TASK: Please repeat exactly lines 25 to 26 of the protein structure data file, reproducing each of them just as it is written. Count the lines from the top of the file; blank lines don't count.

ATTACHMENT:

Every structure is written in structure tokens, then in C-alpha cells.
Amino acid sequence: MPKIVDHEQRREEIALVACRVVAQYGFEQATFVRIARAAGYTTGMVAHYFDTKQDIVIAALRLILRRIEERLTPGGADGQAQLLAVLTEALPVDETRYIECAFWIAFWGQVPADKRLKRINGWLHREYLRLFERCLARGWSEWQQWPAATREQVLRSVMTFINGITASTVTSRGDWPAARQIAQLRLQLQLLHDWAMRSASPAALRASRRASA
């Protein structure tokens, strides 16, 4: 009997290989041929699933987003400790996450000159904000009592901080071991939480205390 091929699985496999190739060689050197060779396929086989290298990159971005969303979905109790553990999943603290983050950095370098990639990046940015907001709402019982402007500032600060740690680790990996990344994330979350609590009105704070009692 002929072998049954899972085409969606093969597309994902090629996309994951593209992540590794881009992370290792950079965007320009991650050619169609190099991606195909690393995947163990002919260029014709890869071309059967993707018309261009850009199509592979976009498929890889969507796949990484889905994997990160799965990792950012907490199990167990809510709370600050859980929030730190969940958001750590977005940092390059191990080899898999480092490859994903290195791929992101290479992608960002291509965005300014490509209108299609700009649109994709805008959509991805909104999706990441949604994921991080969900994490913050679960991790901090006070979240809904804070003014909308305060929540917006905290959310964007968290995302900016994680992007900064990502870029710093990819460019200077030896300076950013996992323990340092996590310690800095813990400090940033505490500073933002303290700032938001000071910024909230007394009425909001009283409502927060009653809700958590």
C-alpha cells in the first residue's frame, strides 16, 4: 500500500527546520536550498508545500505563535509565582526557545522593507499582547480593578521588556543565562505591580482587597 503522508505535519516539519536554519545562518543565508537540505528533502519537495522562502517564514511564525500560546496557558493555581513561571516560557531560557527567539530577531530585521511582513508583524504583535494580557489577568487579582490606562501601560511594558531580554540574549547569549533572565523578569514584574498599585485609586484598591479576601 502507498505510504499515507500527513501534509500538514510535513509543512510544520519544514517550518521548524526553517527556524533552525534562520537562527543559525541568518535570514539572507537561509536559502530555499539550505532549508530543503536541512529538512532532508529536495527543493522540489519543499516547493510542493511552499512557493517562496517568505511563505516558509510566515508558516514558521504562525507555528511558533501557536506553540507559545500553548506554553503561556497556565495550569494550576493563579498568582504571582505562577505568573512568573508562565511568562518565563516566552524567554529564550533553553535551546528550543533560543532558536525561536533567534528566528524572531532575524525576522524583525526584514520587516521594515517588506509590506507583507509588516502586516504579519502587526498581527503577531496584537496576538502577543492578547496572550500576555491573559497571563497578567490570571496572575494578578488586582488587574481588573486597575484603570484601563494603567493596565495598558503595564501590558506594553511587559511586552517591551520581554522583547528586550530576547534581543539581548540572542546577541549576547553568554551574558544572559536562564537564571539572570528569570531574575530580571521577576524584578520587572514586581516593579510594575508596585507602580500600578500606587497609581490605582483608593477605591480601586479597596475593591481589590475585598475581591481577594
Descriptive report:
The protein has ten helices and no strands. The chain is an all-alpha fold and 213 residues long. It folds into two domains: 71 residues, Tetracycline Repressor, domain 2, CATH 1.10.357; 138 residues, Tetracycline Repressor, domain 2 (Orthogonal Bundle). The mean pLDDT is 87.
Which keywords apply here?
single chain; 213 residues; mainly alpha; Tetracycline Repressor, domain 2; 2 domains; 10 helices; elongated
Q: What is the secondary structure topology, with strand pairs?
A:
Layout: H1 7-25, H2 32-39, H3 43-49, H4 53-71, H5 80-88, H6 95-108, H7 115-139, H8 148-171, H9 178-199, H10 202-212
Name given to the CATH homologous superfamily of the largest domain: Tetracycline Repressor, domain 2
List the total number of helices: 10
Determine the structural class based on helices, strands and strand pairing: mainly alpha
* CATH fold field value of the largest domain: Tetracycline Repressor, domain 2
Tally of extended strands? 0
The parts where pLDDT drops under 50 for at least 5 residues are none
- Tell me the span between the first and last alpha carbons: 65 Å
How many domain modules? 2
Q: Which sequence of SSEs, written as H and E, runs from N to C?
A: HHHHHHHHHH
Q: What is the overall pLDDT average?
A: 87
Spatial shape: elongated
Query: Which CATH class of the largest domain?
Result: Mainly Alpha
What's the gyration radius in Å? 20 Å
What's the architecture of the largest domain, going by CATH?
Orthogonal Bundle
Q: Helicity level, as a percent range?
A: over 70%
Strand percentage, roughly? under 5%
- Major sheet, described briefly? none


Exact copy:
Query: Which CATH class of the largest domain?
Result: Mainly Alpha